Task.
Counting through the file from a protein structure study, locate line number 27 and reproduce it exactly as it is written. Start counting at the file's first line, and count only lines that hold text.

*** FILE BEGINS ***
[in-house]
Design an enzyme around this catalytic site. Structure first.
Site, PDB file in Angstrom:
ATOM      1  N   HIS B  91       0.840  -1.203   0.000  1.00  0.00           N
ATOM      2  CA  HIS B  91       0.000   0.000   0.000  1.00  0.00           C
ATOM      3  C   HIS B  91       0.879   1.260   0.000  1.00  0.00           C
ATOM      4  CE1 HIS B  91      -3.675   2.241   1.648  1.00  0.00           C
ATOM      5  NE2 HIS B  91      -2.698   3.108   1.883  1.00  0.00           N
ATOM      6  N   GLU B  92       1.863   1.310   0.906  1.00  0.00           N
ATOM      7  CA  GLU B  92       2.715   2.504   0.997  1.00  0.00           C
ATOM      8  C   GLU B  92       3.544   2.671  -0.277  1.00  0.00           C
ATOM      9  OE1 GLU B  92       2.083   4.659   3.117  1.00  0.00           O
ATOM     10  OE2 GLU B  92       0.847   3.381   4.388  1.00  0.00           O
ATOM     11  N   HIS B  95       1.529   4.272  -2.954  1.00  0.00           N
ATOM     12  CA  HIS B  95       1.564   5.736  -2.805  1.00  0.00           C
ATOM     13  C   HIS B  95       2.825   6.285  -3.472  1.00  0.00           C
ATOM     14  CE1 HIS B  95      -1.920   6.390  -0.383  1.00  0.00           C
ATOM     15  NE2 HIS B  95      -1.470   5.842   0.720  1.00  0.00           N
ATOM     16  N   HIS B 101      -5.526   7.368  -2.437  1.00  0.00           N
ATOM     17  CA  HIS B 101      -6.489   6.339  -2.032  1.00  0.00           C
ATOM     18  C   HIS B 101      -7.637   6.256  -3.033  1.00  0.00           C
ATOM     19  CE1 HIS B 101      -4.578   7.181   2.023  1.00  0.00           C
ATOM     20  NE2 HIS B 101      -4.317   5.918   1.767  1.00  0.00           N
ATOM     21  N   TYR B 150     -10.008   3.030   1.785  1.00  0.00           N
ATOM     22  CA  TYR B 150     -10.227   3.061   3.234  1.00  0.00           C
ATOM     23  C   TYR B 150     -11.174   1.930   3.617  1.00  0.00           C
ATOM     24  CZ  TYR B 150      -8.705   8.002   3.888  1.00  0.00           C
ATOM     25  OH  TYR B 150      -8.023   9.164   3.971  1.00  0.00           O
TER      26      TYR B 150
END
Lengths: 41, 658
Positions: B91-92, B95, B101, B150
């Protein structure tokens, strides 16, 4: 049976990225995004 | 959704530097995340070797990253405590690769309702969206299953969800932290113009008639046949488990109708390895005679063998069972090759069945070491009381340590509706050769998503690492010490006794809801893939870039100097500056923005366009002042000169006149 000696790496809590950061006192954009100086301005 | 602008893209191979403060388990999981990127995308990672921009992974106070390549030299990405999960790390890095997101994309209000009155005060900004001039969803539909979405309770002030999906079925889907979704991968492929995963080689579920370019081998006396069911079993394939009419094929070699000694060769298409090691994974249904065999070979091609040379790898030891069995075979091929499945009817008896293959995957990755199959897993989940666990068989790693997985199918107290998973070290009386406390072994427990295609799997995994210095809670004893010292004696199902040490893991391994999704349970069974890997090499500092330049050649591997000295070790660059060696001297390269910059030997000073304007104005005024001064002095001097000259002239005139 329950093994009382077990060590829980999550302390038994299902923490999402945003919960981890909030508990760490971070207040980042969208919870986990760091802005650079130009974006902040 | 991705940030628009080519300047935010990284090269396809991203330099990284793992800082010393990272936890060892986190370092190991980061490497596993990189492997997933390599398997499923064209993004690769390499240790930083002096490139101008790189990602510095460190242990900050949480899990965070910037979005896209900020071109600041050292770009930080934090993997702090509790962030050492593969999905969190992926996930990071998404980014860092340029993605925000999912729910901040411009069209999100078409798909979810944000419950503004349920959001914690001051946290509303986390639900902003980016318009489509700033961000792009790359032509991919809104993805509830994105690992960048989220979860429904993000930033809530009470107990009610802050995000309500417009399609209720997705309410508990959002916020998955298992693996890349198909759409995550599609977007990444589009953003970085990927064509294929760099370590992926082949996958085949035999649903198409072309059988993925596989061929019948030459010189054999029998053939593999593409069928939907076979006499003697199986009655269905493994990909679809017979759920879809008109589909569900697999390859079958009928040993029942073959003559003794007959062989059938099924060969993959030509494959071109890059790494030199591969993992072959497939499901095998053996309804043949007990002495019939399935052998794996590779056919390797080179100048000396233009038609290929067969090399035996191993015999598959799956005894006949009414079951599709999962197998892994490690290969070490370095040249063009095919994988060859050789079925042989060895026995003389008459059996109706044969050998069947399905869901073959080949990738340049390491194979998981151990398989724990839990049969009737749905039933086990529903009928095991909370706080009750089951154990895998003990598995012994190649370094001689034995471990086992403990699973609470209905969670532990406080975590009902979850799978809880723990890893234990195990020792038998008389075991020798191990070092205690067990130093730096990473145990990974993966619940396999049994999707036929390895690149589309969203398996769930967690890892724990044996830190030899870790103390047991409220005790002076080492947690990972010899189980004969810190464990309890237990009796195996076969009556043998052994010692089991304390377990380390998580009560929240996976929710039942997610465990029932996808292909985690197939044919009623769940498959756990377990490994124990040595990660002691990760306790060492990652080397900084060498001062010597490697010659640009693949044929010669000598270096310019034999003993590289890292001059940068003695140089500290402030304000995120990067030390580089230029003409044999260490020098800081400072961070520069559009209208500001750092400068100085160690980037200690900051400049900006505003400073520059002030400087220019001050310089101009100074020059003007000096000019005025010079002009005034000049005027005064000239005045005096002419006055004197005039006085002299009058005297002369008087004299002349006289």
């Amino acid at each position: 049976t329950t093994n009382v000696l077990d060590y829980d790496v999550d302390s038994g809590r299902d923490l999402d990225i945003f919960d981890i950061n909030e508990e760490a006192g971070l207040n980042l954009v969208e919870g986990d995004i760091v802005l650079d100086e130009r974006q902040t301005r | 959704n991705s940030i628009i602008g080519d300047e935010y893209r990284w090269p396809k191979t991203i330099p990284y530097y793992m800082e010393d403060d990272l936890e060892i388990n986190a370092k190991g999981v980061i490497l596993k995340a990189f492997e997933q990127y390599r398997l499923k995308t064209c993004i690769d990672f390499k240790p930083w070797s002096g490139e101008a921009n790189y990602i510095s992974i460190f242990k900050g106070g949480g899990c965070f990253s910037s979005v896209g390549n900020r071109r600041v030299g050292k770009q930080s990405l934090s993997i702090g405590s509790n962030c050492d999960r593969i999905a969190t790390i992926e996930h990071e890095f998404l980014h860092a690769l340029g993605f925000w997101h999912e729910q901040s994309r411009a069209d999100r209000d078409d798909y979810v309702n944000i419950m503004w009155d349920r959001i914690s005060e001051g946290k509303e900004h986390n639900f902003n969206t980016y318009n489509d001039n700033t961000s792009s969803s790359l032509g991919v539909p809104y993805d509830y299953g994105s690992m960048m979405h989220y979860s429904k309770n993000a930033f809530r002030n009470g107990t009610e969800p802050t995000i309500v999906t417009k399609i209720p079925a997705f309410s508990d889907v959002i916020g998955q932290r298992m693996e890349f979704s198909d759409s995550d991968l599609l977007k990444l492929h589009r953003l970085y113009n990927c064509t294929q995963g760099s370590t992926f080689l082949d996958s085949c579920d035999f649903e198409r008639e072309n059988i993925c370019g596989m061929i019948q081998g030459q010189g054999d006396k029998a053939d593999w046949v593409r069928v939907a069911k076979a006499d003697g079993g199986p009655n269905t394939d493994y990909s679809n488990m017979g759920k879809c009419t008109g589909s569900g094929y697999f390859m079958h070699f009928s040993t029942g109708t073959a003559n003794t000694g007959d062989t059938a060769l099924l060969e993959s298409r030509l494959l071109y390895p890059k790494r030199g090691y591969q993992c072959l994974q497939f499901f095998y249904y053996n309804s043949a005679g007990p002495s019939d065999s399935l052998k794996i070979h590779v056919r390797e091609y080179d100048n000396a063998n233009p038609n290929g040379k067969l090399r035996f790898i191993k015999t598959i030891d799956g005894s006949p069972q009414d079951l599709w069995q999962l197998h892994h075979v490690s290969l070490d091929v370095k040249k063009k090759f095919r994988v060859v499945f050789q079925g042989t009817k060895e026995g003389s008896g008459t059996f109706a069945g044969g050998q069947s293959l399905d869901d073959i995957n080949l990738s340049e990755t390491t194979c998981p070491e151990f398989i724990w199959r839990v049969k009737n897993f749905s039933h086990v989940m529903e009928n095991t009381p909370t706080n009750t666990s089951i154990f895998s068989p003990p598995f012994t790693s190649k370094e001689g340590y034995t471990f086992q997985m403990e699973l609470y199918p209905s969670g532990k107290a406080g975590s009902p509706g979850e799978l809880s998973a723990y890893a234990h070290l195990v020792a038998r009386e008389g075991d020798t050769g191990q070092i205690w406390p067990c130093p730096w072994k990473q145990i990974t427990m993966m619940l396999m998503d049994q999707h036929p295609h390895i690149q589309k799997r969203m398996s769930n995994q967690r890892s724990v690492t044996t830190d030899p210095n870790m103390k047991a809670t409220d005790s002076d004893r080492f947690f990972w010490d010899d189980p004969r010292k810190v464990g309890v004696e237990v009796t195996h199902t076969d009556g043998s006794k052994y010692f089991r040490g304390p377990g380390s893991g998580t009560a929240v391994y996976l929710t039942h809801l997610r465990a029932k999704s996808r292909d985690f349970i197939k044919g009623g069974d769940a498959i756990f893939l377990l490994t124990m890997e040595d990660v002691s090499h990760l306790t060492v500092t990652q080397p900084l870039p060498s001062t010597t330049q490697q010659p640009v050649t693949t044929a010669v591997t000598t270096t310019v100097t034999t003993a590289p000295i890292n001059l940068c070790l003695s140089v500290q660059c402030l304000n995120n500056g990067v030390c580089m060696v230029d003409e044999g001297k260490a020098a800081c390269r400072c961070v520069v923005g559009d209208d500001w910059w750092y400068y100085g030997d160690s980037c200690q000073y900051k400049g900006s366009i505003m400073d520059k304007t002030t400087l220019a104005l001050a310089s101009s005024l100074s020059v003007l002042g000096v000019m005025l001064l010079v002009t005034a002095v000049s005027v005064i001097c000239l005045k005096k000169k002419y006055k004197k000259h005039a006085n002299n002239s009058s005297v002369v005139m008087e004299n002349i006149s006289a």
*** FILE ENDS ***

ATOM     24  CZ  TYR B 150      -8.705   8.002   3.888  1.00  0.00           C